Rabbits "hop" on stamps, birth certificates, iconic streets in Australia to mark Chinese Lunar New Year

From:XinhuaAuthor: 2023-01-18 15:47

Stamps and a commemorative coin marking the Year of the Rabbit are seen at a post office in Melbourne, Australia, Jan. 17, 2023. (Xinhua/Bai Xuefei)

  As the Chinese Lunar New Year is drawing near, Australia has merged multiple bunny elements into its newly-released stamps, birth certificates and urban landscapes to observe the Chinese New Year of Rabbit which begins on Jan. 22.

  Designed by award-winning Chinese illustrator Chrissy Lau, the "Year of Rabbit 2023" stamp pack was rolled out on Tuesday by national postal service provider Australia Post.

  The stamps featured the Fortune Rabbit, the Prosperity Rabbit, and the Longevity Rabbit - three cartoon characters dressed in ancient Chinese costumes.

  "The three lucky rabbits are inspired by the three Chinese gods, Shouxing, Luxing and Fuxing, that are displayed throughout Asia, and which are considered to have the three attributes for a good life, longevity, prosperity, and happiness," Australia Post Philatelic Manager Michael Zsolt told Xinhua.

  In Zsolt's eyes, rabbits are reflective of luck and are much adored by children and adults alike. "They are definitely an animal that brings a smile to many," he said.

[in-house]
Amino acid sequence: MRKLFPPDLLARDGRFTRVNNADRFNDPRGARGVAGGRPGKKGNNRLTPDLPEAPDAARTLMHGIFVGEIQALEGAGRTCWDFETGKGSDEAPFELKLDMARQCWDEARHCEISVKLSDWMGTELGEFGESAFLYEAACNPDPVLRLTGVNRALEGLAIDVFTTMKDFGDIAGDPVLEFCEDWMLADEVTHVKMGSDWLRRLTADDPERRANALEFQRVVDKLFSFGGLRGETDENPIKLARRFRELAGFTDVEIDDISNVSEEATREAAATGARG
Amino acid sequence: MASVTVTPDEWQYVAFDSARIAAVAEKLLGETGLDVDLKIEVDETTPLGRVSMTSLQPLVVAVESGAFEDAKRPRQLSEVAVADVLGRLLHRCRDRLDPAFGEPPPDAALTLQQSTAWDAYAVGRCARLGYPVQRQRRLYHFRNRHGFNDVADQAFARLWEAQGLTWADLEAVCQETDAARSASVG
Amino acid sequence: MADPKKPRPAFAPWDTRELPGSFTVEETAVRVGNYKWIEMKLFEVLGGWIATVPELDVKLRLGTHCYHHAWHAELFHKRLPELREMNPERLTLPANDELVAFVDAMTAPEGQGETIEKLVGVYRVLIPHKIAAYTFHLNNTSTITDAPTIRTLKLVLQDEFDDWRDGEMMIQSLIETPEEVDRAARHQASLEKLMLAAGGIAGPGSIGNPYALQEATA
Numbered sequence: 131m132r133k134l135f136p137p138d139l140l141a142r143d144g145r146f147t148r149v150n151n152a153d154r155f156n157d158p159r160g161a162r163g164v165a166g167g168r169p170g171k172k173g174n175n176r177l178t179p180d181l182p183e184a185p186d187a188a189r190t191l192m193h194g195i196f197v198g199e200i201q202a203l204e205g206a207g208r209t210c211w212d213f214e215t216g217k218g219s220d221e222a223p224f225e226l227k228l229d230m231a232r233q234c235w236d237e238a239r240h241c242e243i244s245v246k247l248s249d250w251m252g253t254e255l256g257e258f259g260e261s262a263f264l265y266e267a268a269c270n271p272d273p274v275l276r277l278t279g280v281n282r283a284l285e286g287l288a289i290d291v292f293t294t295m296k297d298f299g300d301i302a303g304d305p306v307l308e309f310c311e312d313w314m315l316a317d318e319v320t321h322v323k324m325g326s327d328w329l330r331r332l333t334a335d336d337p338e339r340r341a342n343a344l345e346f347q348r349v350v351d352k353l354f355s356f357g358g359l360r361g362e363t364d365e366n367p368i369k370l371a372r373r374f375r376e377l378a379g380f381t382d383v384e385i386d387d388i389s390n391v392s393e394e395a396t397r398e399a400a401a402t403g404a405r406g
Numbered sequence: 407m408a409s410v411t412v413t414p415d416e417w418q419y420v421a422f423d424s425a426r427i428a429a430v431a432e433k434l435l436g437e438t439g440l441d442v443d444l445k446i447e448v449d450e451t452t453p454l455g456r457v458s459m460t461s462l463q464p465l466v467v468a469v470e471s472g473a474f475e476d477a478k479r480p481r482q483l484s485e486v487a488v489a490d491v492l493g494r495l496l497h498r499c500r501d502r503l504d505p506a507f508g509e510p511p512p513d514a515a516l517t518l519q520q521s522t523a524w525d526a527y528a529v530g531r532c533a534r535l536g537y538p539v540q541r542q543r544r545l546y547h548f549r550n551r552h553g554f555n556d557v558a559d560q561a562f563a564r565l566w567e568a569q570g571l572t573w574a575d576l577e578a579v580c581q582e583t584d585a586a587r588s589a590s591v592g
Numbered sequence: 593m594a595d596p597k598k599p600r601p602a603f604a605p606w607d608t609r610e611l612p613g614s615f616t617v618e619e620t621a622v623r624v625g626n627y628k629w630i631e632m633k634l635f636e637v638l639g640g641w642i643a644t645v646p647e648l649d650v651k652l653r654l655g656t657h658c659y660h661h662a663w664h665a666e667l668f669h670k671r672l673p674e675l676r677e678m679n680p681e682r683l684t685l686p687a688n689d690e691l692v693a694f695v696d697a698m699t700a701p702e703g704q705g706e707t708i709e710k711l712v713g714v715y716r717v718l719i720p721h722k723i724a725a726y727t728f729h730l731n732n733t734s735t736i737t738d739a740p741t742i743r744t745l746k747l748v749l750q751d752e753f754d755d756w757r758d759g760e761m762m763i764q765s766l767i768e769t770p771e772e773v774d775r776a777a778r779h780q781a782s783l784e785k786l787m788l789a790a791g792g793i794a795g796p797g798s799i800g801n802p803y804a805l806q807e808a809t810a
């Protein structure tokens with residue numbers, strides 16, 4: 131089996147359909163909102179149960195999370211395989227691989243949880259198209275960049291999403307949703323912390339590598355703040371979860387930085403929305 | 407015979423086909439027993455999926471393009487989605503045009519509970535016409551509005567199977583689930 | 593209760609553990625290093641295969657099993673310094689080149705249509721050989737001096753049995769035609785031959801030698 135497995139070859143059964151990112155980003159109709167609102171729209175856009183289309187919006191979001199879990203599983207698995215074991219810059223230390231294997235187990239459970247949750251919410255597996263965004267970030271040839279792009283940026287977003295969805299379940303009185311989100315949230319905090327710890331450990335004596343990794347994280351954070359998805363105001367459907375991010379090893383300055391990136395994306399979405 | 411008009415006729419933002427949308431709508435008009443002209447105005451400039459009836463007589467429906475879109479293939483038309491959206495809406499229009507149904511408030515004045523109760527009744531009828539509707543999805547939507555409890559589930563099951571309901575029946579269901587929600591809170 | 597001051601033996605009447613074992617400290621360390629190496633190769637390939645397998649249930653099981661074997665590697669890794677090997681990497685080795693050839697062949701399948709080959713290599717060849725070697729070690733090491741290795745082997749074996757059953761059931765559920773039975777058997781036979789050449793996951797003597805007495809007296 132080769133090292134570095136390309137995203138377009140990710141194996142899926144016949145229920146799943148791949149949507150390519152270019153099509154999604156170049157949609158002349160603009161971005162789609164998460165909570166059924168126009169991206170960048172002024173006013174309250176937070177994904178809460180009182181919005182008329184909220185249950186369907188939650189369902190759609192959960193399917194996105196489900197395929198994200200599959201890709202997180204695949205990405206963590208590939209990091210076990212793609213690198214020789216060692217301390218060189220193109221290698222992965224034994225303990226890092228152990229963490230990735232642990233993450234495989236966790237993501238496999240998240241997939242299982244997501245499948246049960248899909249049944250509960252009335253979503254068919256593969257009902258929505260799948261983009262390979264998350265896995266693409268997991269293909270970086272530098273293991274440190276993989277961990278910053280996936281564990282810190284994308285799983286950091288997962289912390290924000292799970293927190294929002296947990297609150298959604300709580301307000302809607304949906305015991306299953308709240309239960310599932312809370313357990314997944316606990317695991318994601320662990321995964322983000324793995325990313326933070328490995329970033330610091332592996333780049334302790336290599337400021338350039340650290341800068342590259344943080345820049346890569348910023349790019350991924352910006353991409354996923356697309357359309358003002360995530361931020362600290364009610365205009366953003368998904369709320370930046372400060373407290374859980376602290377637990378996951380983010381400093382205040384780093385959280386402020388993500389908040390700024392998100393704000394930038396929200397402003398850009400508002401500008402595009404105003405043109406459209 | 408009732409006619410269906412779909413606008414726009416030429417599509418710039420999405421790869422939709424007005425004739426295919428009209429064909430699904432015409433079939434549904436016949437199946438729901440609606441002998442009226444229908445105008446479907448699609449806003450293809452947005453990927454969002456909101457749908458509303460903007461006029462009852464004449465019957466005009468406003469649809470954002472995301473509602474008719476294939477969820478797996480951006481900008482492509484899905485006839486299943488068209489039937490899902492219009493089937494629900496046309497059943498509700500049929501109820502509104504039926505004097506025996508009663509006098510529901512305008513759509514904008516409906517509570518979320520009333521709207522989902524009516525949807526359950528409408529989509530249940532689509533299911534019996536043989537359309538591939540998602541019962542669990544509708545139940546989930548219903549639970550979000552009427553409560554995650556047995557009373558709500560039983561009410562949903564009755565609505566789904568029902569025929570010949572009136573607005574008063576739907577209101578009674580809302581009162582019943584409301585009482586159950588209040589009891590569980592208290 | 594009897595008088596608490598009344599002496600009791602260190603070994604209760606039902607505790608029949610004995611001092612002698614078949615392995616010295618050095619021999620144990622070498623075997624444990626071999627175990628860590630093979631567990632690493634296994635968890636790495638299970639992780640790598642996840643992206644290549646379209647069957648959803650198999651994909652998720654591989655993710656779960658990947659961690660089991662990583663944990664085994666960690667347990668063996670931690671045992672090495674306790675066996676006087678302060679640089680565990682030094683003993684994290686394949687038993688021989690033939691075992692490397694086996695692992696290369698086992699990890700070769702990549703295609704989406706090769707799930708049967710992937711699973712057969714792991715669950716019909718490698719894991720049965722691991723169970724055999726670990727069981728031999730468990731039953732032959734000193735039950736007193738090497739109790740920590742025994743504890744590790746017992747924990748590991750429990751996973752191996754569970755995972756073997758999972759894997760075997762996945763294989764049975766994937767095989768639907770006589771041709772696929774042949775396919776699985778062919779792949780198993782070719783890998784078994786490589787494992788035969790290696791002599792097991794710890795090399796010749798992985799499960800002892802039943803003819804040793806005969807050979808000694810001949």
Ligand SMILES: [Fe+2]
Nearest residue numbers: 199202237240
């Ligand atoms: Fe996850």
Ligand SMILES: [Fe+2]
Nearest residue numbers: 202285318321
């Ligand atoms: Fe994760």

"Each year we look to create an inspiring collection of Lunar New Year stamps that reflect happiness, joy and good fortune and I think this year's collection captures these sentiments perfectly," Zsolt added.

  Also on Tuesday, the Australian state of New South Wales (NSW) unveiled a special Chinese Zodiac birth certificate to ring in the Year of Rabbit.

  According to a statement from the NSW Department of Customer Service and the NSW Registry of Births, Deaths and Marriages, the design was crafted by Australian-Chinese brush painter Lucy Wang.

  On the certificate, a brown lop-eared rabbit and a smaller hare immerse themselves in the majestic waterfalls of the Blue Mountains, the iconic Three Sisters in Katoomba and the Pool of Siloam in Leura.

  Wang said that the design incorporates a blend of modern and traditional color palettes and techniques through the meticulous Gongbi style of oriental brush painting.

  "In Chinese culture, the rabbit is known to be the luckiest of the 12 zodiac animals and symbolizes peace and longevity which is reminiscent of the tranquil environment of the Blue Mountains and the lush Australian golden wattle and native bush ferns featured in this design," she noted.

  In addition to those professionals, young aspiring artists were also invited to join the celebration with their paint brushes. The Sydney City Council selected 36 rabbit artworks created by children aged six to 12 to embellish the pedestrianized George Street.

  Ten illuminated plinths on the street are expected to showcase paintings, adding a festive atmosphere to the city center, while the malls and windows of some businesses on the nearby Dixon Street will also put the artworks on display.  Besides, major cities across Australia will stage a series of traditional events, including lion dancing, Chinese zodiac lantern exhibitions, and dragon boat races.

Stamps marking the Year of the Rabbit are seen at a post office in Melbourne, Australia, Jan. 17, 2023. (Xinhua/Bai Xuefei)

  Stamps marking the Year of the Rabbit are seen at a post office in Melbourne, Australia, Jan. 17, 2023. (Photo by Hu Jingchen/Xinhua)


The copyright of the article and the picture belongs to the original author. If there is any infringement, please contact to delete it